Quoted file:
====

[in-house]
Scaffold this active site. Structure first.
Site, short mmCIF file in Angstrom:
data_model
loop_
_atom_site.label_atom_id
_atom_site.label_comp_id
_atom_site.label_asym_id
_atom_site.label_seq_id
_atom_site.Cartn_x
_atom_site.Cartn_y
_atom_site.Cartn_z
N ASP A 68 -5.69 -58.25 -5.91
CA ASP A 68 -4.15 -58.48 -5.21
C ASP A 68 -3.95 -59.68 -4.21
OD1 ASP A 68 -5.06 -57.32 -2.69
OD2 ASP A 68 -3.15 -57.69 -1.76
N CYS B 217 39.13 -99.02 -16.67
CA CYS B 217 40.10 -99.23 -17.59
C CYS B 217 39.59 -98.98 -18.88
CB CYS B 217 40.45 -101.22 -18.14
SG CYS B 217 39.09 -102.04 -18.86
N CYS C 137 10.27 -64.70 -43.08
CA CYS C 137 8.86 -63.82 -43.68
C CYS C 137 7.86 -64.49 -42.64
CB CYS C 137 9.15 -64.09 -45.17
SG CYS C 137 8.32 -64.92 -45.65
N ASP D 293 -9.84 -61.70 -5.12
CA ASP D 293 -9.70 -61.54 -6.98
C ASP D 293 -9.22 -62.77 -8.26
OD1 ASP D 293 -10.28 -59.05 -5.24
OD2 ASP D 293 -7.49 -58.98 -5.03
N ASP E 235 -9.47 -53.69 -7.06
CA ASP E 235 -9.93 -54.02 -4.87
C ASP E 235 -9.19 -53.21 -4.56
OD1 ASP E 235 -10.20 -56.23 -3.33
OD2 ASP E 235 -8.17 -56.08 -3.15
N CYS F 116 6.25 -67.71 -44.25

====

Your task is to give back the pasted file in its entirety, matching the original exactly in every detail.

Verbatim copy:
[in-house]
Scaffold this active site. Structure first.
Site, short mmCIF file in Angstrom:
data_model
loop_
_atom_site.label_atom_id
_atom_site.label_comp_id
_atom_site.label_asym_id
_atom_site.label_seq_id
_atom_site.Cartn_x
_atom_site.Cartn_y
_atom_site.Cartn_z
N ASP A 68 -5.69 -58.25 -5.91
CA ASP A 68 -4.15 -58.48 -5.21
C ASP A 68 -3.95 -59.68 -4.21
OD1 ASP A 68 -5.06 -57.32 -2.69
OD2 ASP A 68 -3.15 -57.69 -1.76
N CYS B 217 39.13 -99.02 -16.67
CA CYS B 217 40.10 -99.23 -17.59
C CYS B 217 39.59 -98.98 -18.88
CB CYS B 217 40.45 -101.22 -18.14
SG CYS B 217 39.09 -102.04 -18.86
N CYS C 137 10.27 -64.70 -43.08
CA CYS C 137 8.86 -63.82 -43.68
C CYS C 137 7.86 -64.49 -42.64
CB CYS C 137 9.15 -64.09 -45.17
SG CYS C 137 8.32 -64.92 -45.65
N ASP D 293 -9.84 -61.70 -5.12
CA ASP D 293 -9.70 -61.54 -6.98
C ASP D 293 -9.22 -62.77 -8.26
OD1 ASP D 293 -10.28 -59.05 -5.24
OD2 ASP D 293 -7.49 -58.98 -5.03
N ASP E 235 -9.47 -53.69 -7.06
CA ASP E 235 -9.93 -54.02 -4.87
C ASP E 235 -9.19 -53.21 -4.56
OD1 ASP E 235 -10.20 -56.23 -3.33
OD2 ASP E 235 -8.17 -56.08 -3.15
N CYS F 116 6.25 -67.71 -44.25